Music. Magic. Mirth.
That was the hallmark of Professor Farquar’s Great American Medicine Show, which made a stop on Sunday at the Powers Museum to wrap up the Maple Leaf festivities.
“Step right up folks, the greatest one-man show west of the Mississippi is about to begin. It’s a bona fide jim-dandy; and absolutely, positively guaranteed to purge melancholy!” these were the words of Sanford Lee, of Concordia Mo., who has recreated a nineteenth century medicine show as Professor Farquar, and his assistant, Polecat Annie.
The pair host a scripted, hour long show that includes magic tricks, the selling of old time elixirs, and American folk music. He can perform over one hundred songs and has released two albums. He credits his success and characterization to a “…love for American history.”
Lee and his medicine show have been on the road together for twenty-six years, and currently perform in numerous mid-western states, and have performed at the Missouri State Fair for the past several years.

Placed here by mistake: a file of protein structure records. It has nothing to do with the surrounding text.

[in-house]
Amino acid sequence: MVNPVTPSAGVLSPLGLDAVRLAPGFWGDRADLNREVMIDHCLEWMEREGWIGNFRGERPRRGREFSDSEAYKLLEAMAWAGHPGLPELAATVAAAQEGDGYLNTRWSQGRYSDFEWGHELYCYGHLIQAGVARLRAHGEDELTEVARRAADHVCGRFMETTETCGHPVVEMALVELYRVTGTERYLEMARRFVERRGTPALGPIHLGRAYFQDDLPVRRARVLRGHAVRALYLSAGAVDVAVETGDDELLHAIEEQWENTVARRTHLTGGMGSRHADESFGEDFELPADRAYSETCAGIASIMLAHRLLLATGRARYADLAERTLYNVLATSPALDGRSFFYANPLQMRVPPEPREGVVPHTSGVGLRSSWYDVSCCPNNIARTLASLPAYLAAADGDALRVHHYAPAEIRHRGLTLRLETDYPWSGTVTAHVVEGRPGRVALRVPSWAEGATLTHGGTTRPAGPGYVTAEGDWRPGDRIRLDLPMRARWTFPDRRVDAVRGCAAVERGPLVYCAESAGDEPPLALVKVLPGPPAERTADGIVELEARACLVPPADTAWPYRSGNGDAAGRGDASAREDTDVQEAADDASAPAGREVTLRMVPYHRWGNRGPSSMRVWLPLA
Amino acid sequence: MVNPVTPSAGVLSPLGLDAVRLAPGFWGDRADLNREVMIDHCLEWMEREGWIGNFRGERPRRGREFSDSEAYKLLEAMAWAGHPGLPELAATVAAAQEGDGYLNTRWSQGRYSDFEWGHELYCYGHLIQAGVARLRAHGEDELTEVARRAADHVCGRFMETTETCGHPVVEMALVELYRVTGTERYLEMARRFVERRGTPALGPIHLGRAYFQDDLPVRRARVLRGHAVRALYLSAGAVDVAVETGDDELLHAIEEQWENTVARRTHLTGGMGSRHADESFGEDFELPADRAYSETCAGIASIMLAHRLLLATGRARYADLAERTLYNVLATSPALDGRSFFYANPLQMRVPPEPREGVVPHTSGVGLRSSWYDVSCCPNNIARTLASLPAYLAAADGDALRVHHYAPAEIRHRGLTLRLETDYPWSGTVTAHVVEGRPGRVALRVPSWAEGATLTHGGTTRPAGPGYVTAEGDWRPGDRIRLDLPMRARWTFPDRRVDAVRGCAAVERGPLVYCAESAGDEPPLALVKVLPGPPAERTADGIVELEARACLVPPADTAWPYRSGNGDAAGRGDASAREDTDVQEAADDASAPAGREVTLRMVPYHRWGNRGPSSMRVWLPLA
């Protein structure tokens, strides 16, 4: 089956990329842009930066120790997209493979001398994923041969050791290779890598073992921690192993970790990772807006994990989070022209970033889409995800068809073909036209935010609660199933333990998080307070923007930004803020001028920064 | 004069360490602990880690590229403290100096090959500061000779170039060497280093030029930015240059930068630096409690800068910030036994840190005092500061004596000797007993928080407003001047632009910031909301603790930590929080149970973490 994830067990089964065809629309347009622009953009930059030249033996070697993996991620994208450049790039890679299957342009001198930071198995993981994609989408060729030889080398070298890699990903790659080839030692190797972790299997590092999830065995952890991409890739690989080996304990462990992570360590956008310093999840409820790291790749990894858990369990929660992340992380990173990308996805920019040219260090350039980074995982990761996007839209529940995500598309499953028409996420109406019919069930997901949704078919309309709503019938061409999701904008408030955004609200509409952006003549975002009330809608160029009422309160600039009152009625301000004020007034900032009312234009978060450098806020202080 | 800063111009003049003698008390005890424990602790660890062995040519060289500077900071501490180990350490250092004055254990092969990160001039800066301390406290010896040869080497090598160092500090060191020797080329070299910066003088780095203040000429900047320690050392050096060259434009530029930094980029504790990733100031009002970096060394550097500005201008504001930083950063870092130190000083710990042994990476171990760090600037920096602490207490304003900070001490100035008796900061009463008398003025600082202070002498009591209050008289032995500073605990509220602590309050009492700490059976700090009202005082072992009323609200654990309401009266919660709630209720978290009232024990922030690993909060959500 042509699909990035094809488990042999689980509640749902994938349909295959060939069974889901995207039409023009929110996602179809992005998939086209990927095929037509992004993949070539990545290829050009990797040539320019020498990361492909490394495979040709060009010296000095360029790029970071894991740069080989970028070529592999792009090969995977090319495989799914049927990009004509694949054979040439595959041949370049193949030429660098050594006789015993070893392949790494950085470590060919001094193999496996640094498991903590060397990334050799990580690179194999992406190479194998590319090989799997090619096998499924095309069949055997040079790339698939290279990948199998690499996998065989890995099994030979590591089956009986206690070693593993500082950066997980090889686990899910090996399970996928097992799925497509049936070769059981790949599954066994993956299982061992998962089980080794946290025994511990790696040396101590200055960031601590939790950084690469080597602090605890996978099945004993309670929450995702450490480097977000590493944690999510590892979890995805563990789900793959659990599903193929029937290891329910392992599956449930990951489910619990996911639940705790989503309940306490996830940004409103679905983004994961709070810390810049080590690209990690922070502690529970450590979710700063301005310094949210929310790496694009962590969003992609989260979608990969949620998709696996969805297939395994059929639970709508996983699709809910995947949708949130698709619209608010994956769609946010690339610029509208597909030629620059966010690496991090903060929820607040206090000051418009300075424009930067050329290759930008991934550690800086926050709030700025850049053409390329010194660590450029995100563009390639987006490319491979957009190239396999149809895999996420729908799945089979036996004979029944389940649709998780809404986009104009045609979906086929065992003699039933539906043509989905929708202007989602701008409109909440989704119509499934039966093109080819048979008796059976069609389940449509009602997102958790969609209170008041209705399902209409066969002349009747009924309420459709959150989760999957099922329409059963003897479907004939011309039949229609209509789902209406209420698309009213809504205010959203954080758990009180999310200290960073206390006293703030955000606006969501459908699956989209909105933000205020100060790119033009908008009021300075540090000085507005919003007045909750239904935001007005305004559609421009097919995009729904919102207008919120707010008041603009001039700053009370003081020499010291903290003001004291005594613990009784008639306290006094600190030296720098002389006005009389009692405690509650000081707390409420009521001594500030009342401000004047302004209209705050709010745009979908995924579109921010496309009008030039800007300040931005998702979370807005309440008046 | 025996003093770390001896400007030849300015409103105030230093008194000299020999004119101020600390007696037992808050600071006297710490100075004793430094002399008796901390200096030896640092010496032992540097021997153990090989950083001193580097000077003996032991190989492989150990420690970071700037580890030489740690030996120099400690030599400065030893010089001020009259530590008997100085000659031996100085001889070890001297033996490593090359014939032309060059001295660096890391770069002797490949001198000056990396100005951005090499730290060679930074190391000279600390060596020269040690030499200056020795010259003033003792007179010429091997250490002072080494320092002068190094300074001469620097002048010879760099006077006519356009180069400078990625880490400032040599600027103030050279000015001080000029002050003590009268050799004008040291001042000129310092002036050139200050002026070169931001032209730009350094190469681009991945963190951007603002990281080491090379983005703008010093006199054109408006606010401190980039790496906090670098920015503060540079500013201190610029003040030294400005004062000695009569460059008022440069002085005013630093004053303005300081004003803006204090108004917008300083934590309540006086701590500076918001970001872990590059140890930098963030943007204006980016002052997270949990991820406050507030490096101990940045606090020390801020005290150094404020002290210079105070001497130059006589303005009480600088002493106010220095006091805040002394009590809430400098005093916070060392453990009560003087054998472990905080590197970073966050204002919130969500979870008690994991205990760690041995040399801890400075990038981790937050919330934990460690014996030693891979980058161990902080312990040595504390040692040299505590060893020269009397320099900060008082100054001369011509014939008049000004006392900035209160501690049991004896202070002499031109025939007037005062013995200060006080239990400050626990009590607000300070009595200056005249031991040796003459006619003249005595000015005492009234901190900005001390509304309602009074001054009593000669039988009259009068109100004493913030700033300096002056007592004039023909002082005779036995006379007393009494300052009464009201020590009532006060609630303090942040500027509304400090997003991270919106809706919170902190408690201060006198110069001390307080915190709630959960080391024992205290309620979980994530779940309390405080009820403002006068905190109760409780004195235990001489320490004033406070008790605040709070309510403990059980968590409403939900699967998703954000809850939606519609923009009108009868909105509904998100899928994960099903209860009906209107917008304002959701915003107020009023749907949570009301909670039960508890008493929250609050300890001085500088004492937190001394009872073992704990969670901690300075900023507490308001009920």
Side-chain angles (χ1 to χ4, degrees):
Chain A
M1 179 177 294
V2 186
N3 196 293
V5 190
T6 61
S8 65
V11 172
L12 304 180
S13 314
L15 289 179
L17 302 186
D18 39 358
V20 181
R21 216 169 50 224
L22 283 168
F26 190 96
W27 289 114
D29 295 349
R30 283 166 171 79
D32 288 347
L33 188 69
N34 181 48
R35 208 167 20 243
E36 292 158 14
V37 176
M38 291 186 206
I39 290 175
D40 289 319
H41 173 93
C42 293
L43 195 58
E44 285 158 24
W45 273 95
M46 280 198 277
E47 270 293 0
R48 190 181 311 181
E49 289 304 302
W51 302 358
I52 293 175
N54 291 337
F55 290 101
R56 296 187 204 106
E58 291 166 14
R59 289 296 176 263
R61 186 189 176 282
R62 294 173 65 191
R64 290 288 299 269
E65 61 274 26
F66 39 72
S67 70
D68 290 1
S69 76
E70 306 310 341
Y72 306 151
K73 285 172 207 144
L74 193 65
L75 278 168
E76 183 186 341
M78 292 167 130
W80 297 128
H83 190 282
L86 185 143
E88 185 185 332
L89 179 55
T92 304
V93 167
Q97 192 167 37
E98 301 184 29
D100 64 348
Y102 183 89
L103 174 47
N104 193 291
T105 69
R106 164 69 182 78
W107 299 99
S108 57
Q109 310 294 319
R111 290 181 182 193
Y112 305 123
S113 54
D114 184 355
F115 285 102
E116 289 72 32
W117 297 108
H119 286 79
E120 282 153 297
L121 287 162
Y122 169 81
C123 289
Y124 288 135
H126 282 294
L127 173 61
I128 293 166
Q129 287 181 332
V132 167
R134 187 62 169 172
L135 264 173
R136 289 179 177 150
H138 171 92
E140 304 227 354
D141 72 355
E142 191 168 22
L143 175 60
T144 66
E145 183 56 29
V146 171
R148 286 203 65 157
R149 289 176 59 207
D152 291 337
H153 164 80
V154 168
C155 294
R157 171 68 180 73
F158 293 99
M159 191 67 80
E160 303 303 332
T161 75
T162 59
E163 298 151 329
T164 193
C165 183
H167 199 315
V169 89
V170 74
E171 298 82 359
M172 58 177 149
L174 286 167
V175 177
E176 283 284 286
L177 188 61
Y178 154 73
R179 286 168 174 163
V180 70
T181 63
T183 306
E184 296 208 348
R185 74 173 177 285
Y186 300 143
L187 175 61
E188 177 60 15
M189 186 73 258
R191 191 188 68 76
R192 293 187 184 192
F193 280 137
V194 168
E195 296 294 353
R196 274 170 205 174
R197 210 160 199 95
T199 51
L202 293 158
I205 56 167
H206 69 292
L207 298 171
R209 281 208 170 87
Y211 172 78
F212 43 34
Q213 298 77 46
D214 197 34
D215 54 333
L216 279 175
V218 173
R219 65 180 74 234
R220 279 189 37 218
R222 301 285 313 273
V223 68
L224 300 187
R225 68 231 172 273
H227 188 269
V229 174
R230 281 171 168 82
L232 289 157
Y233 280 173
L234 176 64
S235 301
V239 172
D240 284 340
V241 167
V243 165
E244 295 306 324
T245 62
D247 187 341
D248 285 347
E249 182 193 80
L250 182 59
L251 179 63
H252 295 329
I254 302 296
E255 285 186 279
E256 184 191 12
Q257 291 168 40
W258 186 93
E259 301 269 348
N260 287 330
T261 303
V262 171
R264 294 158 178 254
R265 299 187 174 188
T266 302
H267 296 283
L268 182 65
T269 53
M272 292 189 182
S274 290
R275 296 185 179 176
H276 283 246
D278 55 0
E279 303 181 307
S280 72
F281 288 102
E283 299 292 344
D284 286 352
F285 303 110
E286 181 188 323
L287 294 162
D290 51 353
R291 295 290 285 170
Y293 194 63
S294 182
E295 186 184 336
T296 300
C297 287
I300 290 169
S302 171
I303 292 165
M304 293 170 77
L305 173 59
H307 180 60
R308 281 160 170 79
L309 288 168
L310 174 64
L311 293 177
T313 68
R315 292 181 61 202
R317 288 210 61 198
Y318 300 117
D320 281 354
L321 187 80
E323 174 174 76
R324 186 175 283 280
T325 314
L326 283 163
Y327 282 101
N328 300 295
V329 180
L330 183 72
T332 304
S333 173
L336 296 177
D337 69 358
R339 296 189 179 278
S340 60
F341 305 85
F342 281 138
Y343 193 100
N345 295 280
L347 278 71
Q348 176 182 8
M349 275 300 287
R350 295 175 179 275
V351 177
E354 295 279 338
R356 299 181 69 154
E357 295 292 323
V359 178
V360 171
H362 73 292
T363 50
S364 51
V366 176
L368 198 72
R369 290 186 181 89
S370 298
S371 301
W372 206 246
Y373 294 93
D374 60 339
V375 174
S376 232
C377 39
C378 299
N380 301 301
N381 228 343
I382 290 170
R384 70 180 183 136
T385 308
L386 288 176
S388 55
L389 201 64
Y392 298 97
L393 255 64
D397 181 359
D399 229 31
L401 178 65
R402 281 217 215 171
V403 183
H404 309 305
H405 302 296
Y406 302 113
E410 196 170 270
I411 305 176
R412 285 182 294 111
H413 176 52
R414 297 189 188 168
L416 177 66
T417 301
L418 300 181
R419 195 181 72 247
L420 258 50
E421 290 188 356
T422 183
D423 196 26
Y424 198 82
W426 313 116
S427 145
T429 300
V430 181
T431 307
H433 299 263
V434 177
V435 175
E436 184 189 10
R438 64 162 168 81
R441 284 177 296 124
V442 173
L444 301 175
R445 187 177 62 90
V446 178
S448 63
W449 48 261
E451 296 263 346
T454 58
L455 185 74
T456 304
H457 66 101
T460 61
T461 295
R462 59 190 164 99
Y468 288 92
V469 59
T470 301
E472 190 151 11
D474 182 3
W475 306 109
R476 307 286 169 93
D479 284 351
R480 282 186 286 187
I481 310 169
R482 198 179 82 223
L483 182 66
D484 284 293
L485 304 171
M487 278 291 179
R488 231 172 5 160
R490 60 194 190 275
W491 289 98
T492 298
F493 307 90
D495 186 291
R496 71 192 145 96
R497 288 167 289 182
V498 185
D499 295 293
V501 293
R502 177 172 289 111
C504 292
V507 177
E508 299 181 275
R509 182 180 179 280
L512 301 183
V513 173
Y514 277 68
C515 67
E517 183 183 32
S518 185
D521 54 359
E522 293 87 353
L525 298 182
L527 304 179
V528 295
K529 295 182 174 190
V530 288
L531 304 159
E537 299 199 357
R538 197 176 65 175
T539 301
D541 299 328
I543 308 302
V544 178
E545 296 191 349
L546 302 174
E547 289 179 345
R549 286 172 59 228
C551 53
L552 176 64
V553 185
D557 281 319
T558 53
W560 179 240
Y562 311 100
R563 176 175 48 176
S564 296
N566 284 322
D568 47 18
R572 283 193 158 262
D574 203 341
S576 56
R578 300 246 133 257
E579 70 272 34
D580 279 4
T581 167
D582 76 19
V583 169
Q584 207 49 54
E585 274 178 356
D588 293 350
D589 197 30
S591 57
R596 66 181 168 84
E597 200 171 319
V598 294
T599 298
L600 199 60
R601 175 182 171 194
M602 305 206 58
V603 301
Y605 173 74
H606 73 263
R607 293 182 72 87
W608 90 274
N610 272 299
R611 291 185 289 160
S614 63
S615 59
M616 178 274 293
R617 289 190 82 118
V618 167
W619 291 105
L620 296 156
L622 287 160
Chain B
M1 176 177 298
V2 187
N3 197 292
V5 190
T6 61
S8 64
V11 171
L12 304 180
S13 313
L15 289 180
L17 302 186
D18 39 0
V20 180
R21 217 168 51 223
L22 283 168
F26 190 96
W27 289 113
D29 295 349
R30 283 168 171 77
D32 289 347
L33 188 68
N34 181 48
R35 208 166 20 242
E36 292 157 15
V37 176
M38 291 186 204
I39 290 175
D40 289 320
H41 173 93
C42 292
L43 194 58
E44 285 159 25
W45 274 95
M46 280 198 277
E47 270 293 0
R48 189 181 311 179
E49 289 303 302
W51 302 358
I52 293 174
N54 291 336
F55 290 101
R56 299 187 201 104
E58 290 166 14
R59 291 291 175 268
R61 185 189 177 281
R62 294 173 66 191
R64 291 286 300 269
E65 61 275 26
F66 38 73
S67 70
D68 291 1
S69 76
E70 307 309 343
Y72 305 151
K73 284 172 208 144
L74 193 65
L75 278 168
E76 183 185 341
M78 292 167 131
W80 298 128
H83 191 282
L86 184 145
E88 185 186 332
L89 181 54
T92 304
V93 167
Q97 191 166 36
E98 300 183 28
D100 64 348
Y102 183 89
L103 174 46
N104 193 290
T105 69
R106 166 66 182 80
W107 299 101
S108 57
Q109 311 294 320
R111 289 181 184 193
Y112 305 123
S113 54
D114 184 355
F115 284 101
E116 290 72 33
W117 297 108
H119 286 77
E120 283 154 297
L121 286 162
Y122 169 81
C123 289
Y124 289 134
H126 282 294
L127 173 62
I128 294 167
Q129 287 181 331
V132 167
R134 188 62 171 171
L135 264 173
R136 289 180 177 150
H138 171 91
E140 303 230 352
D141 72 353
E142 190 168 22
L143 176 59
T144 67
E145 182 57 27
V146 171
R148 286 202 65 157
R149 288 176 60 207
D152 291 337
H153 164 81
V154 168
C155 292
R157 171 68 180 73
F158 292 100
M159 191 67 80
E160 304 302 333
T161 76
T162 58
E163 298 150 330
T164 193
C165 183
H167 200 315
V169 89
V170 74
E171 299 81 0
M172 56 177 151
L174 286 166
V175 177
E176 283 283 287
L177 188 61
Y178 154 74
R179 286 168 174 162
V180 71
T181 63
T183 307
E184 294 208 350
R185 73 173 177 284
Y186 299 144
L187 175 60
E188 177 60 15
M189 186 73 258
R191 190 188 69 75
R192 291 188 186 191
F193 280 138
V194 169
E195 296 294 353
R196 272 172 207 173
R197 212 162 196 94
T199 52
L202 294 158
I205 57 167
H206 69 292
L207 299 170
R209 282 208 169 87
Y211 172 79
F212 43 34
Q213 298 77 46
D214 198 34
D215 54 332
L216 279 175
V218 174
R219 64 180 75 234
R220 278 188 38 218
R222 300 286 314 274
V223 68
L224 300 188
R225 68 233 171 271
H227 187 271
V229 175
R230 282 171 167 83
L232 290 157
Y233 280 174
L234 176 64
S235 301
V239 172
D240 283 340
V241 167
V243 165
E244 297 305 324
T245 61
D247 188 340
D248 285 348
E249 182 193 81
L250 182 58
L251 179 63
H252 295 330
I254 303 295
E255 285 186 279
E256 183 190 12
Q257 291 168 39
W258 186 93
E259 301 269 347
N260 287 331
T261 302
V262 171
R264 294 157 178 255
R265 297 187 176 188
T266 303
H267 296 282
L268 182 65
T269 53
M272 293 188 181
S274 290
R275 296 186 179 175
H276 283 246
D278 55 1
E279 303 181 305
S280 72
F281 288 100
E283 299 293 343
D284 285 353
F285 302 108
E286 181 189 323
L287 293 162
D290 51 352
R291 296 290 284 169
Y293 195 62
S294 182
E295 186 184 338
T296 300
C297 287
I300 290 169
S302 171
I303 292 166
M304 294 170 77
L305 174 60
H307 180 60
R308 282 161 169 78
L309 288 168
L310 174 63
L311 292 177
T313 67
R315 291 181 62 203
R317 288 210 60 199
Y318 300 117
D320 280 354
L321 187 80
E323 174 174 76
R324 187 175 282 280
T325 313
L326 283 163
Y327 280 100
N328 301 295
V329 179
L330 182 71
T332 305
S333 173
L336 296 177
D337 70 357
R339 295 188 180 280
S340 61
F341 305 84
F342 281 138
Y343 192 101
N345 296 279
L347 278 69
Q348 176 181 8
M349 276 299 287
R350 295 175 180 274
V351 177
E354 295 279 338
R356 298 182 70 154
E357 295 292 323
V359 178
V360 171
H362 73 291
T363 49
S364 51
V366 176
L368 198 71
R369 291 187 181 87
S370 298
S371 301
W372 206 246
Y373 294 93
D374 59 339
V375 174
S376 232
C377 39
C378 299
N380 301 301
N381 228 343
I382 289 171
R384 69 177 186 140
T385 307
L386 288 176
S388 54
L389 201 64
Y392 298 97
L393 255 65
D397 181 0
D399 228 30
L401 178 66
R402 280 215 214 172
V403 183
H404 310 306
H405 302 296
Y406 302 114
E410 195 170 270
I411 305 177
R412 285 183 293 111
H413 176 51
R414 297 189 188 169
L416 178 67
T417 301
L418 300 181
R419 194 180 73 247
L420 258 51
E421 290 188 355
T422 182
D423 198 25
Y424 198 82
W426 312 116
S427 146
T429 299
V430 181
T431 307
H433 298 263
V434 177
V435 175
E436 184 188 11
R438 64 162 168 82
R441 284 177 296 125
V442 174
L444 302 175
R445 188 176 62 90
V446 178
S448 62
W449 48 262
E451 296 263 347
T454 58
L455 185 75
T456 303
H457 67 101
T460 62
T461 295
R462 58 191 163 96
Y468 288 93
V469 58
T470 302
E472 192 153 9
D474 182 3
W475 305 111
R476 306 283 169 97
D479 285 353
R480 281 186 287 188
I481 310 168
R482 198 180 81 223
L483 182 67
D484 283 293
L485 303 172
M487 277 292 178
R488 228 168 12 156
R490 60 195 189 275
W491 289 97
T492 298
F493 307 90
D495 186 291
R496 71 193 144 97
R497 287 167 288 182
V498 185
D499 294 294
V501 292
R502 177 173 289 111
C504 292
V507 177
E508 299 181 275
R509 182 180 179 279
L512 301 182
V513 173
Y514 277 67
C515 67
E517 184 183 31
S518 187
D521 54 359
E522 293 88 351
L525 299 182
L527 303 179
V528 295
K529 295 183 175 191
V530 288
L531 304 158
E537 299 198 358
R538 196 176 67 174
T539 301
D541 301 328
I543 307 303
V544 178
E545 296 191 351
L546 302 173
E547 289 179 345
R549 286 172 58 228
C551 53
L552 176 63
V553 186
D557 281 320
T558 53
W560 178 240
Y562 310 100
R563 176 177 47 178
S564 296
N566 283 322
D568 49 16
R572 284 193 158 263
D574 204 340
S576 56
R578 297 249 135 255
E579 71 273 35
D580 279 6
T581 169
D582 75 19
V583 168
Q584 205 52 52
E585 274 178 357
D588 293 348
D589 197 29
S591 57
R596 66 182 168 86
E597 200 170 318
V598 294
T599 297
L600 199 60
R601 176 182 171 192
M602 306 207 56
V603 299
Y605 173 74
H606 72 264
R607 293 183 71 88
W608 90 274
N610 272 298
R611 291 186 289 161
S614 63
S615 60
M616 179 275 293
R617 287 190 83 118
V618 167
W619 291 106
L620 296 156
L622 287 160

Malachi Housh, of Carthage, was picked by Farquar to participate in a disappearing silk cloth magic trick, “I thought he had magically put the cloth in my arm when I wasn’t looking, I still don’t know how he did it.” The oohs and ahs didn’t stop there for Housh, the highlight of the show was when Farquar magically “cut” himself with a butcher knife, “It was so cool, I hope he didn’t get hurt!” said Housh.
History of Medicine Shows
In rural America, one of the most popular forms of entertainment in the 19th Century was the medicine show, it was a unique combination of magic, music and demagoguery. Although it is often thought of as American folklore, its roots can be traced back to the "mountebank and zany shows" that flourished throughout medieval Europe.
Carthage has a rich history with famous medicine shows, Thomas Sayman or “Doc” came to Carthage as a medicine man who used music, magic tricks, money, and jokes to sell soaps, elixirs, and flavorings to the people. Sayman left Carthage in 1894 to move to St. Louis and later bought and donated the Roaring River State Park to the state of Missouri in 1928. “(Sayman) was a real character,” said Michele Hansford, director of the Powers Museum.
For more information about the history or to contact Sanford Lee and his Great American Medicine Show visit his website at www.sanfordlee.com.